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Further complicating the landscape are inadequate definitions and the inability to measure the effectiveness of security measures. "Part of the problem is that if cybersecurity is done right, nothing happens," said Honeywell Process Solutions' Rick Kaun, kicking off a panel discussion of "Cybersecurity as Program, not Technology Deployment" at the November 2012 Honeywell Users Group EMEA meeting in Istanbul.Kaun was joined by process industry users from across the region, including Dimitris Moutzouris-Lygeros of Greece's Motor Oil Hellas, Romano Karlovic of Croatia's INA Rijeka, Mohamed Amine Kaddour Brahim of Algeria's Sonatrach, and Karl Huthmacher of Shell in Germany. The panel was moderated by Graeme Bell of South Africa's Technews.
An early discussion point among the panelists was just who is responsibility for securing production assets from cyber attacks. Most agreed that control systems and IT groups share a joint responsibility, but the operational groups who understand the relative importance of process availability and safety must take the lead, while leveraging the skills of IT personnel.
"It needs to be the joint responsibility of control engineers and IT, said Sonatrach's Brahim. "They need to work together to protect the IT network and the production assets."
"But the operations and production people must bear ultimate responsibility," added Dimitris Moutzouris-Lygeros of Motor Oil Hellas "We are familiar with safety; cybersecurity is the same way."Honeywell's Rick Kaun acknowledged that a combination of skill sets is needed, and recommended that users who have process and operational expertise leverage the skill-sets of their company's IT department instead of duplicating them.
While much of industry's cybersecurity effort today is focused on identifying system vulnerabilities and fixing them, they can't continue to treat cybersecurity as a one-time deployment.
In fact, Honeywell Process Solutions is currently growing its cybersecurity services business not only by helping users address the "low hanging fruit" of current system vulnerabilities, but by helping them keep their cybersecurity measures up to date. "It's a continuous cycle of assessment, remediation, management and assurance—then it all starts over again,' Kaun said.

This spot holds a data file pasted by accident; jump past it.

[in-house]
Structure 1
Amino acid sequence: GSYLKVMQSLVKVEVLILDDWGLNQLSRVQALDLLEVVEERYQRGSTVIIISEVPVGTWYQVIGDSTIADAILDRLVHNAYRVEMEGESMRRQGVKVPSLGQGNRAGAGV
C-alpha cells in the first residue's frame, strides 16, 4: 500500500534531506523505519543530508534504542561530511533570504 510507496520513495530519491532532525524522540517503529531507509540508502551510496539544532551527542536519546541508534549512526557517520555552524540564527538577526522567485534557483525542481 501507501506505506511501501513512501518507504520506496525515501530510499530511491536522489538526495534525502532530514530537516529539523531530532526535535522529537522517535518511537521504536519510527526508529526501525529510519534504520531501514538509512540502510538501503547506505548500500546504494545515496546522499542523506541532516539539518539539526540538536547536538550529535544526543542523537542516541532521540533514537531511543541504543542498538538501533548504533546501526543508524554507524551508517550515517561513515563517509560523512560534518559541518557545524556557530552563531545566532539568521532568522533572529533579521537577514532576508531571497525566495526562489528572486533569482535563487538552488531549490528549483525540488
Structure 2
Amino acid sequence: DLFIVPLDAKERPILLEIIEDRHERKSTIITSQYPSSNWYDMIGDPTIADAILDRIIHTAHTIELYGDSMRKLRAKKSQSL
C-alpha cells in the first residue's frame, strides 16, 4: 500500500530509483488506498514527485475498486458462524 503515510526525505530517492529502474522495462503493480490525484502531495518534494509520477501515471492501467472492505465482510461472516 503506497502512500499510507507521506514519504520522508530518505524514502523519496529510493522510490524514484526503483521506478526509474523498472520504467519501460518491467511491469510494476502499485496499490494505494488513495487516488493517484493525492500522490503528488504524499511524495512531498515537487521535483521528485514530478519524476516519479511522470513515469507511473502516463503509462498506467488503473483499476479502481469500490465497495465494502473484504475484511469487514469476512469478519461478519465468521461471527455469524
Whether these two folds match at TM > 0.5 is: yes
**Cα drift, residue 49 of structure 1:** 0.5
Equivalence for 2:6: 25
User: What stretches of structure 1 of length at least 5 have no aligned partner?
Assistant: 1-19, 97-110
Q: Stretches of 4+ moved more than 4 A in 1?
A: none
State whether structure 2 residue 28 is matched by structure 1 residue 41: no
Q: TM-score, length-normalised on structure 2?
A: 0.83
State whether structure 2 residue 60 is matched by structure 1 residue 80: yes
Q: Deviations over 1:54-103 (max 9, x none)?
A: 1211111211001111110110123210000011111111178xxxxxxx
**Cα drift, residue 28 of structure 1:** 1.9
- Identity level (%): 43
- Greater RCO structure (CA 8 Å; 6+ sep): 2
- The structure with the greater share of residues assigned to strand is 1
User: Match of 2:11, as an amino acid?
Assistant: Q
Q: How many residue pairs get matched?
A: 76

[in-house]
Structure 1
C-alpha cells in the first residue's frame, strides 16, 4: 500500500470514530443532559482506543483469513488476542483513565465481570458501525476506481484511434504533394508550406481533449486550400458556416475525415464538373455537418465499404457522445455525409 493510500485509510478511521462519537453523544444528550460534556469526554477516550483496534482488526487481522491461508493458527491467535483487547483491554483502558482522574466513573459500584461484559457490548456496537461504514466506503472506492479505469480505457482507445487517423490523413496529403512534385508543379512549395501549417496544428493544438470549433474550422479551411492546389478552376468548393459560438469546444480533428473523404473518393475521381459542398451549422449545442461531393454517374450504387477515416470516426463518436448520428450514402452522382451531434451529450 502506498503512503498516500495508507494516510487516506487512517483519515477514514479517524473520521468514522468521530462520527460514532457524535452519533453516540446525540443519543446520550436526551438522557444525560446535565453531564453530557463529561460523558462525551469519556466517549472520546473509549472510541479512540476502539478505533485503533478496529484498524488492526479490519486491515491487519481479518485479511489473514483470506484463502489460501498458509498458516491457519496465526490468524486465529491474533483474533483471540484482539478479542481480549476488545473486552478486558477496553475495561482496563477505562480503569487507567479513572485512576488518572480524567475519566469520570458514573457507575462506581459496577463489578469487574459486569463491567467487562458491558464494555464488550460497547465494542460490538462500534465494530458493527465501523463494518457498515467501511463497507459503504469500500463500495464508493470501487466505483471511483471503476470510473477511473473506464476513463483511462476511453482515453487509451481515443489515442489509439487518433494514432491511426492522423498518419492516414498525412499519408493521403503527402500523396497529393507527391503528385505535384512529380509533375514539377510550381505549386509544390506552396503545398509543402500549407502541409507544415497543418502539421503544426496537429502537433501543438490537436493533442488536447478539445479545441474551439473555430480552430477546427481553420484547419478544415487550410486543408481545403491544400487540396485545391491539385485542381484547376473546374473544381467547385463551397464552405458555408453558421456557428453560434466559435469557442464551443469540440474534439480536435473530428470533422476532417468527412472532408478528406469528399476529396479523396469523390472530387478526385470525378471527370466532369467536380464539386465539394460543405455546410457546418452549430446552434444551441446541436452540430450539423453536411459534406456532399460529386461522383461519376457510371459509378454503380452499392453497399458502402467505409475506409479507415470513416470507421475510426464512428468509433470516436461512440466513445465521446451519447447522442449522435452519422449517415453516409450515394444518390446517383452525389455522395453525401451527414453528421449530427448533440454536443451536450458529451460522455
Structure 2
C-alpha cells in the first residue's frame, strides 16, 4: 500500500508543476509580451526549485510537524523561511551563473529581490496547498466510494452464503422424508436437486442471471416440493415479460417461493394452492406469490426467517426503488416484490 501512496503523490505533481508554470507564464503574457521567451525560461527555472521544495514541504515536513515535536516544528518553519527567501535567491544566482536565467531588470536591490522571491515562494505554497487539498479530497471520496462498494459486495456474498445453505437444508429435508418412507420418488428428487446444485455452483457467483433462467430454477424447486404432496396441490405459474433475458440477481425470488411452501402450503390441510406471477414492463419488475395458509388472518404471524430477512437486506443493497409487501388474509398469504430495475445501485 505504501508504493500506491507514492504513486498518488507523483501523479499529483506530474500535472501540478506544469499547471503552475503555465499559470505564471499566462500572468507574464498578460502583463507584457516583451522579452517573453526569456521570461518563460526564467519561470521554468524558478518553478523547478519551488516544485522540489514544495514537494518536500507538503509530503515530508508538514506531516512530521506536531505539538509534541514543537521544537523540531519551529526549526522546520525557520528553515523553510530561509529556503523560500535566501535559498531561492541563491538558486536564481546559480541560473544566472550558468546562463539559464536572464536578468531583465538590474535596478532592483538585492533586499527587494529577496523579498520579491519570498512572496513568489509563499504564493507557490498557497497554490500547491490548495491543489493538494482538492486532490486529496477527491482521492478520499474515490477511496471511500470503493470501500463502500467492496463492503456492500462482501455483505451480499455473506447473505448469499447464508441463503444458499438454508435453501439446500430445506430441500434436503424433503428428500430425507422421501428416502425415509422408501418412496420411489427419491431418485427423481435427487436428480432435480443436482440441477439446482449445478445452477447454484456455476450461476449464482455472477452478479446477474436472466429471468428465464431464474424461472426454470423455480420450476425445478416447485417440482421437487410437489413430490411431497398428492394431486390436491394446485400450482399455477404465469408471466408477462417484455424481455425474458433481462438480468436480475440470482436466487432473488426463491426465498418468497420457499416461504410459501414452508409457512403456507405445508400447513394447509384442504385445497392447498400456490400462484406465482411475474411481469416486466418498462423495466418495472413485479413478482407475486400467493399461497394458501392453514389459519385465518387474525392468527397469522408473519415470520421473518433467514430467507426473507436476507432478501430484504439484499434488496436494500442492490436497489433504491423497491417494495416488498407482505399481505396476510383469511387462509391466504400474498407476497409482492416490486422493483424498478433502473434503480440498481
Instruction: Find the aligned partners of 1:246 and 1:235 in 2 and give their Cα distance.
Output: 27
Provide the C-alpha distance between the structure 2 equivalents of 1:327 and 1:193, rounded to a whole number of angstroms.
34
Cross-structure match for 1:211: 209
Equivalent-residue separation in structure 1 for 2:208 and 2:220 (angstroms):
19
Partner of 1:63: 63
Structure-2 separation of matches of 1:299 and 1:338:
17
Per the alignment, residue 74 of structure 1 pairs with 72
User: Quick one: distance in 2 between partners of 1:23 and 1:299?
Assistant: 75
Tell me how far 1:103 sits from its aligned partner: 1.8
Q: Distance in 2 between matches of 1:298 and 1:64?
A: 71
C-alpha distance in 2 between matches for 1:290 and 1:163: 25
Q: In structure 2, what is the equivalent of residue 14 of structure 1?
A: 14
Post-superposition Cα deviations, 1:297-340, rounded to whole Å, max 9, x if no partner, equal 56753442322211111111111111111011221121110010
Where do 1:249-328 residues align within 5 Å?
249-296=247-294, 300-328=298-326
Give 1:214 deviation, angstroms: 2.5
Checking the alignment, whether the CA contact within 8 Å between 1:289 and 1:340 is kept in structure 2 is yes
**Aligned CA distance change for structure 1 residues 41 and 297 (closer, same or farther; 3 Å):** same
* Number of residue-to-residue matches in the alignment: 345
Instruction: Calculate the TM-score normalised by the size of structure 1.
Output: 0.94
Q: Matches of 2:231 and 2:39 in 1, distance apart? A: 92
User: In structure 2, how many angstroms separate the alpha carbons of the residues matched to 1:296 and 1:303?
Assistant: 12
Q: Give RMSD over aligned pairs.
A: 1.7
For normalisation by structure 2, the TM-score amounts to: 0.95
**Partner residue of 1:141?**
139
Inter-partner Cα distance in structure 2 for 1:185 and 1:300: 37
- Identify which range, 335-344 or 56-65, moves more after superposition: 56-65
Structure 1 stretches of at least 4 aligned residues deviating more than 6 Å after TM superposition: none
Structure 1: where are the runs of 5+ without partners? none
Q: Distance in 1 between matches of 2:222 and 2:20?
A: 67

And while end users can continue to leverage the capabilities of control system suppliers such as Honeywell to identify and address cyber vulnerabilities, they need to develop a security of culture in all that they do.
"Companies need policies that affirm secure practices, and the need to have repercussions," Kaun said. These policies and practices should spell out, for example, how mobile devices, jump drives and USB ports are to be used. At Shell, all USB devices are scanned with a standalone system to verify their security, Huthmacher said. "USB sticks get a bad rap," Kaun added, "but rather than just disabling all the USB ports in your facility, you need to understand what the business needs are, and develop processes to do what you need to do as securely as possible."
Physical security, too, is increasingly intertwined with companies' cybersecurity thinking. "What if an employee opens a cabinet and switches off a firewall's power?" asked Shell's Huthmacher. "There's certainly a need for more communications between physical and cybersecurity functions," agreed Kaun. "Soon, there even may be regulations that require real-time response if there's a physical intrusion."
At its most essential, cybersecurity is the end result of "people, business processes and technology together working to make sure your process works in the way you expect it to," said Kaun. "Security needs to be a culture. It's not enough to think about it once in a while. It needs to be baked into everything you do."
Added Shell's Karl Huthmacher: "It's important that every one thinks secure, just like they think safe."